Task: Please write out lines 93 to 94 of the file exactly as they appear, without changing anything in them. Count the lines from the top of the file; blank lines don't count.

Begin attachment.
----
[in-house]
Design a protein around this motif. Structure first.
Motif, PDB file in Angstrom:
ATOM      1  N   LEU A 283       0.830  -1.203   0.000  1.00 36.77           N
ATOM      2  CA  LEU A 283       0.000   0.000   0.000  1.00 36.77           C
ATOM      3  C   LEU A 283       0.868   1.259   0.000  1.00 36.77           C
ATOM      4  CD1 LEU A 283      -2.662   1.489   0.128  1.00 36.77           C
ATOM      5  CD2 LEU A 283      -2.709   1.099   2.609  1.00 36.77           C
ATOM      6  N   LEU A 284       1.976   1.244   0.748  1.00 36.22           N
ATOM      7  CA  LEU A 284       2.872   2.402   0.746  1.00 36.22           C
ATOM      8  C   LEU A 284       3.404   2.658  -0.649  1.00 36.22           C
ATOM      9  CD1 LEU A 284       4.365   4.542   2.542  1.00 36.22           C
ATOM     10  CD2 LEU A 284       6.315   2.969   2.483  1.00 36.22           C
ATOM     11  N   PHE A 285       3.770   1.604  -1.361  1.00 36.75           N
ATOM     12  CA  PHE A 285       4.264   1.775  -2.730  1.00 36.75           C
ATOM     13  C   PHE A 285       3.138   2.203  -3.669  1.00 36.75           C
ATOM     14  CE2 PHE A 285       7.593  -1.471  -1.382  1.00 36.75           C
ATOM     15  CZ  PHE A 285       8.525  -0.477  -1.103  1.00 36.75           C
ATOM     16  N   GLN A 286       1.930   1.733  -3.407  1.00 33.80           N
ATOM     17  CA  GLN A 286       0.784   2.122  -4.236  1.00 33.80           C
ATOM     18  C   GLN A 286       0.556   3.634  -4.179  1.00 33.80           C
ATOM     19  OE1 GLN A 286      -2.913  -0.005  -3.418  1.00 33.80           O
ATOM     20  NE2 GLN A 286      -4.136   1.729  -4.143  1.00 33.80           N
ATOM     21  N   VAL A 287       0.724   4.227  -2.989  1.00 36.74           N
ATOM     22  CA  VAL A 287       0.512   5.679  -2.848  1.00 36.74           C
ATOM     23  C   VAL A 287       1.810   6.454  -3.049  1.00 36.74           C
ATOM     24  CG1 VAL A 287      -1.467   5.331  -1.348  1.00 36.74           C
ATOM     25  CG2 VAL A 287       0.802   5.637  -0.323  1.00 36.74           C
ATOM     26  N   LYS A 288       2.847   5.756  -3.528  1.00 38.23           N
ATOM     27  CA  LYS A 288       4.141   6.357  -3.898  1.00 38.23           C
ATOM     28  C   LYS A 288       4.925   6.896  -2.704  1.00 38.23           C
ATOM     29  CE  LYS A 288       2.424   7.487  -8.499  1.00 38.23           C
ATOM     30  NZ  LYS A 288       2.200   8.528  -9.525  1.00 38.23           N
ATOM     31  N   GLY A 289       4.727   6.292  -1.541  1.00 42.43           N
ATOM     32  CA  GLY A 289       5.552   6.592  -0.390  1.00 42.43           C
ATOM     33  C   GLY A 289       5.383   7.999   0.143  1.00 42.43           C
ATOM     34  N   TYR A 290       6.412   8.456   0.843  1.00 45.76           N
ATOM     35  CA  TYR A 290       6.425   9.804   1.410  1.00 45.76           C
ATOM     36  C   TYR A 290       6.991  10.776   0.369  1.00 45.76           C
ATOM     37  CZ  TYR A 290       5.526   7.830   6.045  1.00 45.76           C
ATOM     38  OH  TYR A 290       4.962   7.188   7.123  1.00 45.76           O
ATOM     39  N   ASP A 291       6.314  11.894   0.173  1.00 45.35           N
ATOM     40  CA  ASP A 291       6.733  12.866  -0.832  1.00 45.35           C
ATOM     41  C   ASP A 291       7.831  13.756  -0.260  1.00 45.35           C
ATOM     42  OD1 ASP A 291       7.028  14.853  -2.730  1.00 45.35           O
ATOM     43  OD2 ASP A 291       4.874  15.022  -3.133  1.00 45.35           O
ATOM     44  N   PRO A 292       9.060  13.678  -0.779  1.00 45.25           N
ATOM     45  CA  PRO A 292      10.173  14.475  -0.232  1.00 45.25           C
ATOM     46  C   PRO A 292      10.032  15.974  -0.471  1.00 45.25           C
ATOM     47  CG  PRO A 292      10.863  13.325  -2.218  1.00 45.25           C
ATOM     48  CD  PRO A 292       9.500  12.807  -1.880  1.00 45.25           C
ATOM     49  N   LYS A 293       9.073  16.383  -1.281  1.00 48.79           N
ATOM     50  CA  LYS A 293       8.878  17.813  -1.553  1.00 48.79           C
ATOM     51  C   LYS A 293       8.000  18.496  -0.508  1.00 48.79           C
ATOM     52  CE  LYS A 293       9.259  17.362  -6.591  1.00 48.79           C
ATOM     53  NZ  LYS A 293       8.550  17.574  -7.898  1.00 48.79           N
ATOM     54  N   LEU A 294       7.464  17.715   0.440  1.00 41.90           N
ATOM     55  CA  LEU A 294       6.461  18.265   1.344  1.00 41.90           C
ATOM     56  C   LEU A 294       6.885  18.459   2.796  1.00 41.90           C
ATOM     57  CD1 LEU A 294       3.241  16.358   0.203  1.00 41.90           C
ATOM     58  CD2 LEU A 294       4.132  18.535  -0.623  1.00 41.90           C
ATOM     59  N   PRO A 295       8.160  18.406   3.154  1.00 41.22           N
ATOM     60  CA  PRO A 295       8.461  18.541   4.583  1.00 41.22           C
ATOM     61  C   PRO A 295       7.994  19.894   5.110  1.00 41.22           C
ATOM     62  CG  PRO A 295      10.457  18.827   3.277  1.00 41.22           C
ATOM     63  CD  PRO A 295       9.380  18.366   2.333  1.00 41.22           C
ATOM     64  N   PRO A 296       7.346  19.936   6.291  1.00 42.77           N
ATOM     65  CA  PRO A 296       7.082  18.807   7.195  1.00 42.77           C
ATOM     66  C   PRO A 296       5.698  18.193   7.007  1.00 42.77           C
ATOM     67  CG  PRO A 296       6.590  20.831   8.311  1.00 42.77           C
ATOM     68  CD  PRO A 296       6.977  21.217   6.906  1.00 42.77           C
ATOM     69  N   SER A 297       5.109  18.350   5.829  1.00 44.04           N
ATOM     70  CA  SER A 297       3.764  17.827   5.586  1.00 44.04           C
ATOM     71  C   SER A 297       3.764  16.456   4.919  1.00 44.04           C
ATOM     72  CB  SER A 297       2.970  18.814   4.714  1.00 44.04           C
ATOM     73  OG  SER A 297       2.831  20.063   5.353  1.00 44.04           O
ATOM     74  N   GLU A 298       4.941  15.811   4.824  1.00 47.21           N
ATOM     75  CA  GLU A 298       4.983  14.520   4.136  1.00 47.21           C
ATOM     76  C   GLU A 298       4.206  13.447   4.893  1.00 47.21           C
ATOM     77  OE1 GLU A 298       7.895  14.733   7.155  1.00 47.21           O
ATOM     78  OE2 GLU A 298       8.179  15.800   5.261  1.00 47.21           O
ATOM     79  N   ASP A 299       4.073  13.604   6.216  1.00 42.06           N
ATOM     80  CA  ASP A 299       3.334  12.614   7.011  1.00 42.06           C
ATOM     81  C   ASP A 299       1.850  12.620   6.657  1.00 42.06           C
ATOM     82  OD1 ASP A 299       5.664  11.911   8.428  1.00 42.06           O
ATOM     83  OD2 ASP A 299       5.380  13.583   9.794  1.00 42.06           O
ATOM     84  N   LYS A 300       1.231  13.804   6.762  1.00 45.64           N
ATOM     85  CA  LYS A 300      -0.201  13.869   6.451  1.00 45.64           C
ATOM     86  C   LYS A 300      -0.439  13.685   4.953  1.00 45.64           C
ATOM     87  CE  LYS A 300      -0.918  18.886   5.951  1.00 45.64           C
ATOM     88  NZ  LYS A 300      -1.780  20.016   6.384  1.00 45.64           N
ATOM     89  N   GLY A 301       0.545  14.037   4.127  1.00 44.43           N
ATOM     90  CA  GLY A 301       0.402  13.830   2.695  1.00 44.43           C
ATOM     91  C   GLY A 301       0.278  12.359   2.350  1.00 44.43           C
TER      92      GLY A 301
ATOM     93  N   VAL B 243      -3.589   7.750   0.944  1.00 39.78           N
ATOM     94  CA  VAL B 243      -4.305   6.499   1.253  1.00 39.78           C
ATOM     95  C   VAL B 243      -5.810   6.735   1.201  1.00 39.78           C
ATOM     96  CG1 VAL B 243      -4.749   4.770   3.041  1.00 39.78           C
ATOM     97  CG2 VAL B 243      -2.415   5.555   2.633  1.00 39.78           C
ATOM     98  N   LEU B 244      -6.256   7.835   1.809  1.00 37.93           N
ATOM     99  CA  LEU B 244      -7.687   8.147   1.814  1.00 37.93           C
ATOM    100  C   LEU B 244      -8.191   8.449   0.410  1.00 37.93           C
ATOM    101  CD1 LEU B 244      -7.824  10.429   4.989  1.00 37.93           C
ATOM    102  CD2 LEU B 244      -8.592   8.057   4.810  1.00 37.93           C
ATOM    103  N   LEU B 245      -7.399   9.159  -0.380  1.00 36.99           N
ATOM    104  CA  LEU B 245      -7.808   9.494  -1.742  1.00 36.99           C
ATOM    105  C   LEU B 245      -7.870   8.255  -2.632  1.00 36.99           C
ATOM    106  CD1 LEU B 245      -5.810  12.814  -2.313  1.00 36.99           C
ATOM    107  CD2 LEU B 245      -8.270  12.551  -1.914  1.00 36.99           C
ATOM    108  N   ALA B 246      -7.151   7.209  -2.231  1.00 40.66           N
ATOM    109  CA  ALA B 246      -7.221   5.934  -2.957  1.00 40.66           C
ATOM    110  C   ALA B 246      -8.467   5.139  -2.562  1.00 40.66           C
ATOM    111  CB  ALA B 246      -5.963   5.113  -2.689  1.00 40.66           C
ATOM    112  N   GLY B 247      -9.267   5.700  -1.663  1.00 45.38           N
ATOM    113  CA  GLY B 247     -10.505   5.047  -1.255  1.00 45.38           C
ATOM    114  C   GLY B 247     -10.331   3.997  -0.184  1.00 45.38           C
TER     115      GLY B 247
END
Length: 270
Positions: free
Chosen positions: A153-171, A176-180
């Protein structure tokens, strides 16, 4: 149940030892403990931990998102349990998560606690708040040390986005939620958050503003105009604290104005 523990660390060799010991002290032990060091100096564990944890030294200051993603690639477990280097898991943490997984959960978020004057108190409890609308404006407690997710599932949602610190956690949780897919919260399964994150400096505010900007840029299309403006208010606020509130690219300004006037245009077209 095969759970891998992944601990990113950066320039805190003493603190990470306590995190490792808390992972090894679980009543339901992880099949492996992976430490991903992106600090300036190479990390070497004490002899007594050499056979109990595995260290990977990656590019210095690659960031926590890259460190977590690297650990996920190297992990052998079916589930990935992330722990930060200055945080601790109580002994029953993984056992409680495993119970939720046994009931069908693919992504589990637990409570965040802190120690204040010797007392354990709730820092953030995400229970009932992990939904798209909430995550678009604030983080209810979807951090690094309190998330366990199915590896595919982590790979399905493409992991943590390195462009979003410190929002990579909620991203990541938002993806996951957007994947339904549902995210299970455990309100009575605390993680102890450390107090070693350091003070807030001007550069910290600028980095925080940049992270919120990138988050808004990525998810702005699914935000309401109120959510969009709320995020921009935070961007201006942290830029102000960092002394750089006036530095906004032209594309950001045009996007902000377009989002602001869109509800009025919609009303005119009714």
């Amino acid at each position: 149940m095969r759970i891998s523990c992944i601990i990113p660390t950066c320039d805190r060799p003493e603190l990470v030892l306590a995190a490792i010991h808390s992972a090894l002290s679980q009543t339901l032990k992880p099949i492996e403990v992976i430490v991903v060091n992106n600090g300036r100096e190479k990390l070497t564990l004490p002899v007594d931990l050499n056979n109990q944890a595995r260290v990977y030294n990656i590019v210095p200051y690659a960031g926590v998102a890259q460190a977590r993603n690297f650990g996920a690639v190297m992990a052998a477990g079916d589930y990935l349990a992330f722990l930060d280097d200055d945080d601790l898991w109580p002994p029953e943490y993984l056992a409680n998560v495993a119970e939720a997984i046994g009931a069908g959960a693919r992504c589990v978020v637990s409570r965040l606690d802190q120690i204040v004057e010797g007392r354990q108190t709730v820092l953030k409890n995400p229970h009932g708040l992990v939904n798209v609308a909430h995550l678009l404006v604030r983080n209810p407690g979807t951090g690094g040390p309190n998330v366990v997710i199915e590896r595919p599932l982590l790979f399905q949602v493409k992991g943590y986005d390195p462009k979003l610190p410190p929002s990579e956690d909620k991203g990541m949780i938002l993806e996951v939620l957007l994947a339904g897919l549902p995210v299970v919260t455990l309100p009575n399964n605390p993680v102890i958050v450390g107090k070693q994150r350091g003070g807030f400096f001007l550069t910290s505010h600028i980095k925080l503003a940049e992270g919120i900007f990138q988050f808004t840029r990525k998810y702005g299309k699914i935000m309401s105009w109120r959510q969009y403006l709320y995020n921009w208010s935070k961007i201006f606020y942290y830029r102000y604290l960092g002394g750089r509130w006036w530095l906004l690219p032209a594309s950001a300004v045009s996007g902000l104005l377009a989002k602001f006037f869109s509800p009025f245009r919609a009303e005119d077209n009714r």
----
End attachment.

ATOM     90  CA  GLY A 301       0.402  13.830   2.695  1.00 44.43           C
ATOM     91  C   GLY A 301       0.278  12.359   2.350  1.00 44.43           C